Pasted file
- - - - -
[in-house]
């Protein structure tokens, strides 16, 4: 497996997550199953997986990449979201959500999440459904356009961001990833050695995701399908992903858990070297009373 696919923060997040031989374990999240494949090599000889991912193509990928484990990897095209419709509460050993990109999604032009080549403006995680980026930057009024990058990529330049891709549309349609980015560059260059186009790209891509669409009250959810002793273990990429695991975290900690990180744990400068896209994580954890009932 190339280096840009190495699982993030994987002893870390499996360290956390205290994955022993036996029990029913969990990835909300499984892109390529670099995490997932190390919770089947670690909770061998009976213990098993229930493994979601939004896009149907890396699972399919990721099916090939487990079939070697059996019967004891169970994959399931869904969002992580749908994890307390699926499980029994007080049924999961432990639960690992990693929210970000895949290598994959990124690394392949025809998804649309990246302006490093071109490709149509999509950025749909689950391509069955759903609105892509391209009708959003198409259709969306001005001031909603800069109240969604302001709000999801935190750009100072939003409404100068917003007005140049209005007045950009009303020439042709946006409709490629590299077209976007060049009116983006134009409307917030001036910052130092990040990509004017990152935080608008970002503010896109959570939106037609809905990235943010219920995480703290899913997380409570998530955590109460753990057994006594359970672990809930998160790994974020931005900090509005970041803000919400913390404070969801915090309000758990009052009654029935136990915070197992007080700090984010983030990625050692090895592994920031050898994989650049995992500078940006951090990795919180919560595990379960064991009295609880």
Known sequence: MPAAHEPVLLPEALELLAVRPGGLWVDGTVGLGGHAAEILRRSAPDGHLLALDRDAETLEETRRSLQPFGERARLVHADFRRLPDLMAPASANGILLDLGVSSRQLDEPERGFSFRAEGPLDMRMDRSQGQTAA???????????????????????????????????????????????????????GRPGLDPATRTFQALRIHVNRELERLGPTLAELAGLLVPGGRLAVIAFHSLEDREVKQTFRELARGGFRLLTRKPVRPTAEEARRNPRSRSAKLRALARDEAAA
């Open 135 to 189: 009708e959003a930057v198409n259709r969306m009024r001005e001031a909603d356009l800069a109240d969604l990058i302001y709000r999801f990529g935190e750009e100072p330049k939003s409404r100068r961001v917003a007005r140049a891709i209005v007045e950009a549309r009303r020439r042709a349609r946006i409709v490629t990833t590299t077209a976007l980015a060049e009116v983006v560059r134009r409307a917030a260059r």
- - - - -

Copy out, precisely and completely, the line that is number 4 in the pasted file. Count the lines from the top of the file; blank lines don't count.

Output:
């Open 135 to 189: 009708e959003a930057v198409n259709r969306m009024r001005e001031a909603d356009l800069a109240d969604l990058i302001y709000r999801f990529g935190e750009e100072p330049k939003s409404r100068r961001v917003a007005r140049a891709i209005v007045e950009a549309r009303r020439r042709a349609r946006i409709v490629t990833t590299t077209a976007l980015a060049e009116v983006v560059r134009r409307a917030a260059r």